The Corner

Journalistic Courage and Appeasement after the Charlie Hebdo Killings

Some media outlets in the United States and Europe today honored the Charlie Hebdo journalists killed or injured by radical-Islamist gunmen yesterday by publishing some of the Charlie Hebdo cartoons satirizing the Prophet Mohammed that led to this vicious attack.

National Review Online, Fox News, the Wall Street Journal, the Washington Post, the Los Angeles Times, the New York Post, the Weekly Standard, Bloomberg, the Huffington Post, the Daily Beast, Getty, and some other U.S. media outlets ran one or more of the cartoons today. 

In the U.K., the Guardian, the BBC, and the Times of London ran the cartoons. The Financial Times ran them on its website. Spain’s El Pais and Germany’s Berliner Zeitung also ran them.

Noticeably absent from this list are the New York Times, CNN, NBC, MSNBC, and the Associated Press. These U.S. media outlets chose to self-censor their coverage of the Charlie Hebdo killings by not running the controversial cartoons of Mohammed because of intimidation by radical Islamists.

The New York Times said its decision not to run the Charlie Hebdo cartoons is because “Under Times standards, we do not normally publish images or other material deliberately intended to offend religious sensibilities. After careful consideration, Times editors decided that describing the cartoons in question would give readers sufficient information to understand today’s story.”

Give me a break. The New York Times never hesitates to run material offensive to Christians.  Moreover, as a former intelligence officer, I find it hypocritical that the Times eagerly runs stories revealing classified material causing serious harm to U.S. national security in the name of freedom of the press but refuses to run Charlie Hebdo cartoons that go to the heart of this freedom.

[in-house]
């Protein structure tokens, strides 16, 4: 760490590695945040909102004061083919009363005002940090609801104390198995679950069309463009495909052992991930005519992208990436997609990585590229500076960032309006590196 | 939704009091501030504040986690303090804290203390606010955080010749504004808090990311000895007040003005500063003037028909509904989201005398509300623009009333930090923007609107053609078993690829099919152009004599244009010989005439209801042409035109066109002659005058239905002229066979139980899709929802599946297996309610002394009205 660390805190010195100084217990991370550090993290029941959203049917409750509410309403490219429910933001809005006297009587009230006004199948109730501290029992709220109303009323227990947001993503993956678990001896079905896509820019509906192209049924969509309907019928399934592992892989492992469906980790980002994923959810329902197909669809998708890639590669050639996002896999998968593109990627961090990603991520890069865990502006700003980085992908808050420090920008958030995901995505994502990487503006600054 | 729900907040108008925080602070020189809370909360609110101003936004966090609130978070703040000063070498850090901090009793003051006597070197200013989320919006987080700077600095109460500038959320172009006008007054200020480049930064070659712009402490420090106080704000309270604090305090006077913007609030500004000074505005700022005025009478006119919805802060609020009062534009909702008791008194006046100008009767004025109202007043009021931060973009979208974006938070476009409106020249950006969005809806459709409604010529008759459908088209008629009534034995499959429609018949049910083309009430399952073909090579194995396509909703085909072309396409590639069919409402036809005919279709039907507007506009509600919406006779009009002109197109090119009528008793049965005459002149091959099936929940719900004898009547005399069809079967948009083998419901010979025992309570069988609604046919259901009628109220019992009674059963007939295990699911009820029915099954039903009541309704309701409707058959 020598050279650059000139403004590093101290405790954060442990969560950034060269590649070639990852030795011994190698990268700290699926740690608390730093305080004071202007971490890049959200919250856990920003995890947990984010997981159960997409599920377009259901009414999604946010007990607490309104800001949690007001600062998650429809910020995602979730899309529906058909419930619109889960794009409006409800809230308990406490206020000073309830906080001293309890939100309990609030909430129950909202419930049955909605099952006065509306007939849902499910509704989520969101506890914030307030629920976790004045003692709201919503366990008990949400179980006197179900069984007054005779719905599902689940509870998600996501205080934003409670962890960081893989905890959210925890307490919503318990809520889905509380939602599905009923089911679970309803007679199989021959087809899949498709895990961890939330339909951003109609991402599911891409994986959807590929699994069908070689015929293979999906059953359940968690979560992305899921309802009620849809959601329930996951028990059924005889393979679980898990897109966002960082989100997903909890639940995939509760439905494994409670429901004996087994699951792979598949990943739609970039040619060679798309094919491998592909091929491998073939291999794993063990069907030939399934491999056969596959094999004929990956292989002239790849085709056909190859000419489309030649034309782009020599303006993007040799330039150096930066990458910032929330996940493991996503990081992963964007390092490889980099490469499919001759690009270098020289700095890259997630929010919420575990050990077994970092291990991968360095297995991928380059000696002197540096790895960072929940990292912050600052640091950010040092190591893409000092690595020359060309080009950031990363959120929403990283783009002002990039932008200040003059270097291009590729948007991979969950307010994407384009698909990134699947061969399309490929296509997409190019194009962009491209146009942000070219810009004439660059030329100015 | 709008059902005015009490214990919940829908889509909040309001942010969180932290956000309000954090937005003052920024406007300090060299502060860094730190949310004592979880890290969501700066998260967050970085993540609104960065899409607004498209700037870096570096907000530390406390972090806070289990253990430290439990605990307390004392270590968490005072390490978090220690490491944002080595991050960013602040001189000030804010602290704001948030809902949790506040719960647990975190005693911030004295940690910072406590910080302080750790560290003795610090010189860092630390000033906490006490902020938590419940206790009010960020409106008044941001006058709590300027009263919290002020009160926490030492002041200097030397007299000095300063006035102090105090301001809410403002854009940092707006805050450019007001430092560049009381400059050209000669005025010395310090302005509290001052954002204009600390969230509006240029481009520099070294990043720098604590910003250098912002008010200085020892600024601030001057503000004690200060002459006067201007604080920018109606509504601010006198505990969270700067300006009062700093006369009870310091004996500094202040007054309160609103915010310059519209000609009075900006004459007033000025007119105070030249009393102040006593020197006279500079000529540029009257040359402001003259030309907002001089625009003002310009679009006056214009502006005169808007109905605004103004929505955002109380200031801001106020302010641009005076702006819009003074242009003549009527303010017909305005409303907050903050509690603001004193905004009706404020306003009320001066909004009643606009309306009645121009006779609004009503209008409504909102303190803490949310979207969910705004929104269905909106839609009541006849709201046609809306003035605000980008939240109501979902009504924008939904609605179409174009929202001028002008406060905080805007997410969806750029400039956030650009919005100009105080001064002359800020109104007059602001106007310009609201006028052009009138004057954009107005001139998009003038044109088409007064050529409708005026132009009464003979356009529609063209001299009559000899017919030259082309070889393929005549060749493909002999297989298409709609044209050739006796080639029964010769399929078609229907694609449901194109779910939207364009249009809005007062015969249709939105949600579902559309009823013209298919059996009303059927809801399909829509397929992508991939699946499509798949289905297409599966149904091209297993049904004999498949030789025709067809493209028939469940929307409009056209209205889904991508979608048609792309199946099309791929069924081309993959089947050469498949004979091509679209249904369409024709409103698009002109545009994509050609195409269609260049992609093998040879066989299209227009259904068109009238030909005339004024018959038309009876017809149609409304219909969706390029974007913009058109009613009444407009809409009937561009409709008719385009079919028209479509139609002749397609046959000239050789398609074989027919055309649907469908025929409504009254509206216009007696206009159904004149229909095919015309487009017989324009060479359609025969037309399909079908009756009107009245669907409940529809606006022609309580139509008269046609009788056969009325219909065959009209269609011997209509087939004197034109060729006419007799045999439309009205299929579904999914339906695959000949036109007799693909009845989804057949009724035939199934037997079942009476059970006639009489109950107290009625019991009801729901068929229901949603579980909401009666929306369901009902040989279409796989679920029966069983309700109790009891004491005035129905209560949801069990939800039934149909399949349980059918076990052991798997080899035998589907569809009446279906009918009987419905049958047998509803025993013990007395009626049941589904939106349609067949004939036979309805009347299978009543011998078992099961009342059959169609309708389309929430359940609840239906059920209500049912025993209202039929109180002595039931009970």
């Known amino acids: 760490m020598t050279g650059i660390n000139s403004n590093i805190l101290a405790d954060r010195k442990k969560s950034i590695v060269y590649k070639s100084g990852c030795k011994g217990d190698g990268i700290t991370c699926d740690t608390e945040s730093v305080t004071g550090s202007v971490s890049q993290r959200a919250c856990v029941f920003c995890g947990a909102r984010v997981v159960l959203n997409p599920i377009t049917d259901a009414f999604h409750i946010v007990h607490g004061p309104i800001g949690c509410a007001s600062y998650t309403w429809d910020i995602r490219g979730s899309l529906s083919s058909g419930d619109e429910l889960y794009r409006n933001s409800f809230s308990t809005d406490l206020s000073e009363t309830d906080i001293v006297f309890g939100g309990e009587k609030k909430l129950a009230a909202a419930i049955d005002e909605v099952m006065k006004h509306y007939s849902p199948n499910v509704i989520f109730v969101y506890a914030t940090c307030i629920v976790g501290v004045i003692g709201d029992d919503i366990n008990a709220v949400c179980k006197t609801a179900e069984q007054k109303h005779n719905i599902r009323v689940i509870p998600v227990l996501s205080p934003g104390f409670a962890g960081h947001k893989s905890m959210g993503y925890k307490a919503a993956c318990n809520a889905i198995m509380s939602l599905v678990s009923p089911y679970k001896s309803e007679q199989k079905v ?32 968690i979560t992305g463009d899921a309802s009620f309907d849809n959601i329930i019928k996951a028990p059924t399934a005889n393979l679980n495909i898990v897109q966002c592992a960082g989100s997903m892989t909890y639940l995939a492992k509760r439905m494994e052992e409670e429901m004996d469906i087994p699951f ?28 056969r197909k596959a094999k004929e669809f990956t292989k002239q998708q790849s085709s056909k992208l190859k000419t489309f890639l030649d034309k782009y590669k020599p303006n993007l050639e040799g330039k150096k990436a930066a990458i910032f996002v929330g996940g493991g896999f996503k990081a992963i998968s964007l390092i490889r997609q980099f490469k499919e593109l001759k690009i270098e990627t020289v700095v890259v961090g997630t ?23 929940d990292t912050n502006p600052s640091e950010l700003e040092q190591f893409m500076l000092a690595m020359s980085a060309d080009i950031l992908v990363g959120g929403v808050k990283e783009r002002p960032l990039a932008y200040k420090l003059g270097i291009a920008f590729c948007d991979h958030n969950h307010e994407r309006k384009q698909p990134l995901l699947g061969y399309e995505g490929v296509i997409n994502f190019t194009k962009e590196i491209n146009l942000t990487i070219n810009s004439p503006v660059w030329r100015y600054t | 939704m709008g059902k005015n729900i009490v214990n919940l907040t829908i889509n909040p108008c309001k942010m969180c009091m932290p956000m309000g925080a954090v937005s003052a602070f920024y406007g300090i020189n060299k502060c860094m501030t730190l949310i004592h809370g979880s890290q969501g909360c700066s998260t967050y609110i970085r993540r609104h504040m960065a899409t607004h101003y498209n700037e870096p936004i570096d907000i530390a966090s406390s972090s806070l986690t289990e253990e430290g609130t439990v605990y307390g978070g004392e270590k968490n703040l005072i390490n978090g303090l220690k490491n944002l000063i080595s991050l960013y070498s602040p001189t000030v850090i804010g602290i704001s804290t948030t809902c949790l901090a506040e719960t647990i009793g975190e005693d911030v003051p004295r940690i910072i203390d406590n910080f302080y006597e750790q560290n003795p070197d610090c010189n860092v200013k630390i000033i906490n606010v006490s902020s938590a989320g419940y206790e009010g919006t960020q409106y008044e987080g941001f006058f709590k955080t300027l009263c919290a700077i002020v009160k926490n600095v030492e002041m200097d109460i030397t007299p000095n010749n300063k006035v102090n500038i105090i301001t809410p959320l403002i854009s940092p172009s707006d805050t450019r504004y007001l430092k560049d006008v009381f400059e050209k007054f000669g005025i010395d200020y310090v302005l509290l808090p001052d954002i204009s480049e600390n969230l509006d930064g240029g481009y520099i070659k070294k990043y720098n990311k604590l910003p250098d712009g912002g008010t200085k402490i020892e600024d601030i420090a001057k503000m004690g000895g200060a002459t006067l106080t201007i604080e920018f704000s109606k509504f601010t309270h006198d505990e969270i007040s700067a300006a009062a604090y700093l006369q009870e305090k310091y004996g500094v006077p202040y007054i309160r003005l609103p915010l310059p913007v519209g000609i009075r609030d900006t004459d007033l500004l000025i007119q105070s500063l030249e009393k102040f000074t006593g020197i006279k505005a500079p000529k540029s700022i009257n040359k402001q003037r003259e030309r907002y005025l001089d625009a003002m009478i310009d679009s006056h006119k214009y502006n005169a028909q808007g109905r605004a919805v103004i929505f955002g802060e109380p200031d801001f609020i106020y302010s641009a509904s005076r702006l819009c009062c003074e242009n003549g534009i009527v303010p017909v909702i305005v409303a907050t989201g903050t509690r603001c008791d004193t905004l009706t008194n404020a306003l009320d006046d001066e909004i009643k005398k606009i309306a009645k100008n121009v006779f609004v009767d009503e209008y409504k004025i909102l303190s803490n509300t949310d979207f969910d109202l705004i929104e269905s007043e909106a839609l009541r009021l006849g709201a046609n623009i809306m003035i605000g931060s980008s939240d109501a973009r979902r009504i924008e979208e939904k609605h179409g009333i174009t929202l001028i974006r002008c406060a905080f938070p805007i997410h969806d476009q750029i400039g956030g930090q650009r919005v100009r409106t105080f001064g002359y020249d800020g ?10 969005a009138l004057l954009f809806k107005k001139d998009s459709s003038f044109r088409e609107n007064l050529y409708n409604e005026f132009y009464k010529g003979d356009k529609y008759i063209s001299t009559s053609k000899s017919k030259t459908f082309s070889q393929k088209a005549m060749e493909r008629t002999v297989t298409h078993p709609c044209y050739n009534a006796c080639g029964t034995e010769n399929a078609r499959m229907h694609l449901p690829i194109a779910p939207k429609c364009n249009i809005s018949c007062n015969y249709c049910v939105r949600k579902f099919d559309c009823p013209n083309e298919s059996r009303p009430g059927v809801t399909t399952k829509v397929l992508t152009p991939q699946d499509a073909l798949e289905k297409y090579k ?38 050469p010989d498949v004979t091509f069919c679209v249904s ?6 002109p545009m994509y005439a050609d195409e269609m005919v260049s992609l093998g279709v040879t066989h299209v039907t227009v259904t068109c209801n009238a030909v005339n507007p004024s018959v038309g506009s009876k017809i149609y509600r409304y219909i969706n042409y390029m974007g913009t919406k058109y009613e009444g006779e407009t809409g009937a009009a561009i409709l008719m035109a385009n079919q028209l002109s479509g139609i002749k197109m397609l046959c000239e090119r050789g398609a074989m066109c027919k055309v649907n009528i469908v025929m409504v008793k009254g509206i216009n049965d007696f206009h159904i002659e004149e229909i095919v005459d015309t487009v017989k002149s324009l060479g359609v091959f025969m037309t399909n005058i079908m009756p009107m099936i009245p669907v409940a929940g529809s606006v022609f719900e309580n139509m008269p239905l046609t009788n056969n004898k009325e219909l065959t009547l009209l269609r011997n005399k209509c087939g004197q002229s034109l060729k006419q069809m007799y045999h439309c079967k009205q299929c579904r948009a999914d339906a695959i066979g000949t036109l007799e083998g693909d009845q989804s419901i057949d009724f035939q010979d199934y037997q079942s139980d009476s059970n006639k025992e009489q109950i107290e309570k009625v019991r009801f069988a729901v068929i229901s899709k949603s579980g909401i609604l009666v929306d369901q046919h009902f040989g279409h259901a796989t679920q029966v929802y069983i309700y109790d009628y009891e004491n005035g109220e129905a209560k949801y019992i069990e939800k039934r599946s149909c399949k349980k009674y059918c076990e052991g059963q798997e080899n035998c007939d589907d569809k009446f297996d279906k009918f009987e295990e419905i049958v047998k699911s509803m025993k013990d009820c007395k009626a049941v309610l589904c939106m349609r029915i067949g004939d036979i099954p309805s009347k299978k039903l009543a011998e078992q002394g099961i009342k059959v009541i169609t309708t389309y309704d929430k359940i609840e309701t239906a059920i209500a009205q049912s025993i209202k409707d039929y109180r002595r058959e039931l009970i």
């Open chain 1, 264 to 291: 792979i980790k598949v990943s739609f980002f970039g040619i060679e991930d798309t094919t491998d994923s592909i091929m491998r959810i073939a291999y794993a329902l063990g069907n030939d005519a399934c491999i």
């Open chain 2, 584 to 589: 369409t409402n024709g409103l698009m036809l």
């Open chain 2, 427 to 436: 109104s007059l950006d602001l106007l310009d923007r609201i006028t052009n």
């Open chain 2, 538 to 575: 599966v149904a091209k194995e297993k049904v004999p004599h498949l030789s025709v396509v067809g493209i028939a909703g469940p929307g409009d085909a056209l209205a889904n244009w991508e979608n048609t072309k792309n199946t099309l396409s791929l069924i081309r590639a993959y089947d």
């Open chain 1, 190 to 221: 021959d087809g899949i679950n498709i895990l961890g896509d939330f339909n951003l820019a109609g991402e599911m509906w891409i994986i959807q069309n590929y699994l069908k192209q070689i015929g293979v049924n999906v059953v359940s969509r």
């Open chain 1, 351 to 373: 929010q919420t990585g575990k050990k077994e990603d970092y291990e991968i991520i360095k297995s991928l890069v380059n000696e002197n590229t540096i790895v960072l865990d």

When asked about his decision to run cartoons satirizing Islamists in light of death threats, Charlie Hebdo editor Stéphane “Charb” Charbonnier — who was killed in the attack yesterday — said, “I prefer to die standing than living on my knees.” National Review and some other media outlets stood with Charbonnier’s deep commitment to the freedom of the press today by running Charlie Hebdo cartoons. By choosing not to run them, the New York Times, CNN, NBC, MSNBC, and the Associated Press are appeasing radical Islamists and telling the world that their decisions to run material that may offend certain groups is driven by political correctness and not principle. 

Fred Fleitz, a former CIA analyst, is a senior fellow with the Center for Security Policy.

Fred Fleitz, president of the Center for Security Policy, served in 2018 as deputy assistant to the president and to the chief of staff of the National Security Council. He previously held national-security jobs with the CIA, the DIA, the Department of State, and the House Intelligence Committee staff.

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